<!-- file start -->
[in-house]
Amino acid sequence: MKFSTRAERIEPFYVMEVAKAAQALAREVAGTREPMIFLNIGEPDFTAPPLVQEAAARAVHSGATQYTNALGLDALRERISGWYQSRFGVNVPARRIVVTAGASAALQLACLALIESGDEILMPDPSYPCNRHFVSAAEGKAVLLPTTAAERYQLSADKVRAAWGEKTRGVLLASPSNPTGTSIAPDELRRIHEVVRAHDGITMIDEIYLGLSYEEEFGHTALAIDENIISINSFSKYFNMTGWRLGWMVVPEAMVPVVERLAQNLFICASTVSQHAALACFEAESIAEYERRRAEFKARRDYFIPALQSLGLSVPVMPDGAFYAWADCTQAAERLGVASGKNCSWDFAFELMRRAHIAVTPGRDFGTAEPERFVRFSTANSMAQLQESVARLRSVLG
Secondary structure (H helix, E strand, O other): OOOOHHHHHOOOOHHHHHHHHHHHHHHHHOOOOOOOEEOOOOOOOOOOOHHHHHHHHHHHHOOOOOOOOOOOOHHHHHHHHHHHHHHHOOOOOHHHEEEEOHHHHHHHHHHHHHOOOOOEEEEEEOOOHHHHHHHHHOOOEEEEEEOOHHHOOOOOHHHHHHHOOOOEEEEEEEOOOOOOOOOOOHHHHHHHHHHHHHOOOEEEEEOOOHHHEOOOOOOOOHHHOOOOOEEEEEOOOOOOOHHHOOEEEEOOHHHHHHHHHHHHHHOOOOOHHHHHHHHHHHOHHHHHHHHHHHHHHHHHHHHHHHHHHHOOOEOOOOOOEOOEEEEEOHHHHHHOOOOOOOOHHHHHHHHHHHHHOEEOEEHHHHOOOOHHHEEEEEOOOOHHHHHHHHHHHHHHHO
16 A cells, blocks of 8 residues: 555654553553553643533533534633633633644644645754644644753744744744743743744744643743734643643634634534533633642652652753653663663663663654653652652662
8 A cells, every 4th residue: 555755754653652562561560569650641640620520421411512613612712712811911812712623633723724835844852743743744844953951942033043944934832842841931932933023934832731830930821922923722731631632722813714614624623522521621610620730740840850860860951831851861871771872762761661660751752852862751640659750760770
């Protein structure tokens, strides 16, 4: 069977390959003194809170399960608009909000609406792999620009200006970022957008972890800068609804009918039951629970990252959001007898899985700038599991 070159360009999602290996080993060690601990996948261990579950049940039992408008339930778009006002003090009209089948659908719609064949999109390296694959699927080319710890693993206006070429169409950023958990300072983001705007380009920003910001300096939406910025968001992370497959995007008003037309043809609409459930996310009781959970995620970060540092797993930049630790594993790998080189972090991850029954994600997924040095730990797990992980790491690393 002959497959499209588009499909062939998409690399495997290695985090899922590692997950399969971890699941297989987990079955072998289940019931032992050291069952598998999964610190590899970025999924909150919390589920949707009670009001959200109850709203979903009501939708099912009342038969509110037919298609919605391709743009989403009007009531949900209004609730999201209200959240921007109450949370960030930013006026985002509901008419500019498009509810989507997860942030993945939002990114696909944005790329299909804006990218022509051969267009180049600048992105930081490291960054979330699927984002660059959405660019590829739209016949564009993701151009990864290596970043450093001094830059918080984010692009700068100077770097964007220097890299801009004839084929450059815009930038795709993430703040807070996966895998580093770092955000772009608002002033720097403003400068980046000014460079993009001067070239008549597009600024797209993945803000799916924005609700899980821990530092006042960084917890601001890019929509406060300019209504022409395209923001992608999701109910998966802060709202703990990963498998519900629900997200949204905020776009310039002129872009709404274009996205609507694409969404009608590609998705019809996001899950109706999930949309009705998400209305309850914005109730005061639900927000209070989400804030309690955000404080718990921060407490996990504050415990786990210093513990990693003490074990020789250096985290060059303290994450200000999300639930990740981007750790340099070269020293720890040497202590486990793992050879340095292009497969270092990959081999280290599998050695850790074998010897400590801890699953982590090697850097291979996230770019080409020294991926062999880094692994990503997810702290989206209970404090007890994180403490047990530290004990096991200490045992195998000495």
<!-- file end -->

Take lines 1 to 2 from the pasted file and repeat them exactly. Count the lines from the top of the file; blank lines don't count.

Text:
[in-house]
Amino acid sequence: MKFSTRAERIEPFYVMEVAKAAQALAREVAGTREPMIFLNIGEPDFTAPPLVQEAAARAVHSGATQYTNALGLDALRERISGWYQSRFGVNVPARRIVVTAGASAALQLACLALIESGDEILMPDPSYPCNRHFVSAAEGKAVLLPTTAAERYQLSADKVRAAWGEKTRGVLLASPSNPTGTSIAPDELRRIHEVVRAHDGITMIDEIYLGLSYEEEFGHTALAIDENIISINSFSKYFNMTGWRLGWMVVPEAMVPVVERLAQNLFICASTVSQHAALACFEAESIAEYERRRAEFKARRDYFIPALQSLGLSVPVMPDGAFYAWADCTQAAERLGVASGKNCSWDFAFELMRRAHIAVTPGRDFGTAEPERFVRFSTANSMAQLQESVARLRSVLG